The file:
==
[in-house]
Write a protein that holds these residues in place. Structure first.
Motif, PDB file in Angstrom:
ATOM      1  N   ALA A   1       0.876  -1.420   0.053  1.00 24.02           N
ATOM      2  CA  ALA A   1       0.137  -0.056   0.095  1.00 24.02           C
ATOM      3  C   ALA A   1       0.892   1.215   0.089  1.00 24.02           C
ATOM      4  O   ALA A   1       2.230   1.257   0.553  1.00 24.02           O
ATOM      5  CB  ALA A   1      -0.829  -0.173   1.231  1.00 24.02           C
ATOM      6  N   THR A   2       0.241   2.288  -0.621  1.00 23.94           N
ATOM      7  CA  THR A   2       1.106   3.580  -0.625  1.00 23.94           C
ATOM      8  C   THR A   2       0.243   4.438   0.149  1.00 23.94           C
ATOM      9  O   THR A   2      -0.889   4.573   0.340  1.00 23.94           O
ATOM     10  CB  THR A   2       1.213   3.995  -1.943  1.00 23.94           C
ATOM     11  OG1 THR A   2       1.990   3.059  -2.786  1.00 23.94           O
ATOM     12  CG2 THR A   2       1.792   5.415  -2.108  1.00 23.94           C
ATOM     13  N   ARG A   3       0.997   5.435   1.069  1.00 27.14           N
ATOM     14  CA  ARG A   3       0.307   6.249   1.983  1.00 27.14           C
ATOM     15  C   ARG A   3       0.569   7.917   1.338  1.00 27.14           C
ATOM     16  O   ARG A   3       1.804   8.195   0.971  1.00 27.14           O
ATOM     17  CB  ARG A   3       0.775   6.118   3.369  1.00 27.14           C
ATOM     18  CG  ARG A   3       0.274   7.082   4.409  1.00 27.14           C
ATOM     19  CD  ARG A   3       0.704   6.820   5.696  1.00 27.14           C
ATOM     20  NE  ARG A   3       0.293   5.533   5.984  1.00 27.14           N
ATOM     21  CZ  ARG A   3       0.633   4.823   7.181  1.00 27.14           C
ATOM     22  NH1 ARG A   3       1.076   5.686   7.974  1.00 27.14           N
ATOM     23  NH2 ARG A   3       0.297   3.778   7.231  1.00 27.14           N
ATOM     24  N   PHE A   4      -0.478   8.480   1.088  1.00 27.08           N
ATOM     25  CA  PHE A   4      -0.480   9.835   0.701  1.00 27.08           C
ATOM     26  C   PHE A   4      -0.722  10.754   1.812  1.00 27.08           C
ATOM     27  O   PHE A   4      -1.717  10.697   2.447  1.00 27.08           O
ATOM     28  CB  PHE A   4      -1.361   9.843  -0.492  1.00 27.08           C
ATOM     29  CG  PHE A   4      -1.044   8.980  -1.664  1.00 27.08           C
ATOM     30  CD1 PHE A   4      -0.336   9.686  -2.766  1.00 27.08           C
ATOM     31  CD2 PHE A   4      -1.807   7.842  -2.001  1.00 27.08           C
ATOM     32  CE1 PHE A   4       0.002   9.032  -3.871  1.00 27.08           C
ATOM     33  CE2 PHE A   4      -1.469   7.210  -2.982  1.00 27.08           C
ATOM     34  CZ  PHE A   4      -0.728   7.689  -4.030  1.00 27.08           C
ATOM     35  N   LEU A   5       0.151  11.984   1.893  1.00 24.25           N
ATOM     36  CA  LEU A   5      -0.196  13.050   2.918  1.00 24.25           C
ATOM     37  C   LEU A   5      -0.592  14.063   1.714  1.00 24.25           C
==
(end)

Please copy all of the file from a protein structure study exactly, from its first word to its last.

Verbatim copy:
[in-house]
Write a protein that holds these residues in place. Structure first.
Motif, PDB file in Angstrom:
ATOM      1  N   ALA A   1       0.876  -1.420   0.053  1.00 24.02           N
ATOM      2  CA  ALA A   1       0.137  -0.056   0.095  1.00 24.02           C
ATOM      3  C   ALA A   1       0.892   1.215   0.089  1.00 24.02           C
ATOM      4  O   ALA A   1       2.230   1.257   0.553  1.00 24.02           O
ATOM      5  CB  ALA A   1      -0.829  -0.173   1.231  1.00 24.02           C
ATOM      6  N   THR A   2       0.241   2.288  -0.621  1.00 23.94           N
ATOM      7  CA  THR A   2       1.106   3.580  -0.625  1.00 23.94           C
ATOM      8  C   THR A   2       0.243   4.438   0.149  1.00 23.94           C
ATOM      9  O   THR A   2      -0.889   4.573   0.340  1.00 23.94           O
ATOM     10  CB  THR A   2       1.213   3.995  -1.943  1.00 23.94           C
ATOM     11  OG1 THR A   2       1.990   3.059  -2.786  1.00 23.94           O
ATOM     12  CG2 THR A   2       1.792   5.415  -2.108  1.00 23.94           C
ATOM     13  N   ARG A   3       0.997   5.435   1.069  1.00 27.14           N
ATOM     14  CA  ARG A   3       0.307   6.249   1.983  1.00 27.14           C
ATOM     15  C   ARG A   3       0.569   7.917   1.338  1.00 27.14           C
ATOM     16  O   ARG A   3       1.804   8.195   0.971  1.00 27.14           O
ATOM     17  CB  ARG A   3       0.775   6.118   3.369  1.00 27.14           C
ATOM     18  CG  ARG A   3       0.274   7.082   4.409  1.00 27.14           C
ATOM     19  CD  ARG A   3       0.704   6.820   5.696  1.00 27.14           C
ATOM     20  NE  ARG A   3       0.293   5.533   5.984  1.00 27.14           N
ATOM     21  CZ  ARG A   3       0.633   4.823   7.181  1.00 27.14           C
ATOM     22  NH1 ARG A   3       1.076   5.686   7.974  1.00 27.14           N
ATOM     23  NH2 ARG A   3       0.297   3.778   7.231  1.00 27.14           N
ATOM     24  N   PHE A   4      -0.478   8.480   1.088  1.00 27.08           N
ATOM     25  CA  PHE A   4      -0.480   9.835   0.701  1.00 27.08           C
ATOM     26  C   PHE A   4      -0.722  10.754   1.812  1.00 27.08           C
ATOM     27  O   PHE A   4      -1.717  10.697   2.447  1.00 27.08           O
ATOM     28  CB  PHE A   4      -1.361   9.843  -0.492  1.00 27.08           C
ATOM     29  CG  PHE A   4      -1.044   8.980  -1.664  1.00 27.08           C
ATOM     30  CD1 PHE A   4      -0.336   9.686  -2.766  1.00 27.08           C
ATOM     31  CD2 PHE A   4      -1.807   7.842  -2.001  1.00 27.08           C
ATOM     32  CE1 PHE A   4       0.002   9.032  -3.871  1.00 27.08           C
ATOM     33  CE2 PHE A   4      -1.469   7.210  -2.982  1.00 27.08           C
ATOM     34  CZ  PHE A   4      -0.728   7.689  -4.030  1.00 27.08           C
ATOM     35  N   LEU A   5       0.151  11.984   1.893  1.00 24.25           N
ATOM     36  CA  LEU A   5      -0.196  13.050   2.918  1.00 24.25           C
ATOM     37  C   LEU A   5      -0.592  14.063   1.714  1.00 24.25           C